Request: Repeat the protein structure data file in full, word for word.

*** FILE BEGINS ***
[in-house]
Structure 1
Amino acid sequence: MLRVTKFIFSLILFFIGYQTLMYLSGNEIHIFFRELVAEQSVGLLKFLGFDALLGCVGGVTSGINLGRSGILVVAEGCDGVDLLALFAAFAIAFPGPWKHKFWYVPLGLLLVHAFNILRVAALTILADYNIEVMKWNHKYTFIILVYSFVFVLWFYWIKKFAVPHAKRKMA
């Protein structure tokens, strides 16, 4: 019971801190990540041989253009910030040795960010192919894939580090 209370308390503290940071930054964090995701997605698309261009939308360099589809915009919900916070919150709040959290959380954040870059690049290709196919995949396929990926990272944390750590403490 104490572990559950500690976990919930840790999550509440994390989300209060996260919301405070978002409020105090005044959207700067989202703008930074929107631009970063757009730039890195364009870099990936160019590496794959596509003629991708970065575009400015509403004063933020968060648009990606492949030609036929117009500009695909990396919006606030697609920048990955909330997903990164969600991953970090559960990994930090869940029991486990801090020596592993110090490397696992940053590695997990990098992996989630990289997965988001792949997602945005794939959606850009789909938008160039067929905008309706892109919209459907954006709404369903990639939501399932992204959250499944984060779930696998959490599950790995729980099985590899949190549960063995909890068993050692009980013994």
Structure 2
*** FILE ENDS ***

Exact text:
[in-house]
Structure 1
Amino acid sequence: MLRVTKFIFSLILFFIGYQTLMYLSGNEIHIFFRELVAEQSVGLLKFLGFDALLGCVGGVTSGINLGRSGILVVAEGCDGVDLLALFAAFAIAFPGPWKHKFWYVPLGLLLVHAFNILRVAALTILADYNIEVMKWNHKYTFIILVYSFVFVLWFYWIKKFAVPHAKRKMA
């Protein structure tokens, strides 16, 4: 019971801190990540041989253009910030040795960010192919894939580090 209370308390503290940071930054964090995701997605698309261009939308360099589809915009919900916070919150709040959290959380954040870059690049290709196919995949396929990926990272944390750590403490 104490572990559950500690976990919930840790999550509440994390989300209060996260919301405070978002409020105090005044959207700067989202703008930074929107631009970063757009730039890195364009870099990936160019590496794959596509003629991708970065575009400015509403004063933020968060648009990606492949030609036929117009500009695909990396919006606030697609920048990955909330997903990164969600991953970090559960990994930090869940029991486990801090020596592993110090490397696992940053590695997990990098992996989630990289997965988001792949997602945005794939959606850009789909938008160039067929905008309706892109919209459907954006709404369903990639939501399932992204959250499944984060779930696998959490599950790995729980099985590899949190549960063995909890068993050692009980013994």
Structure 2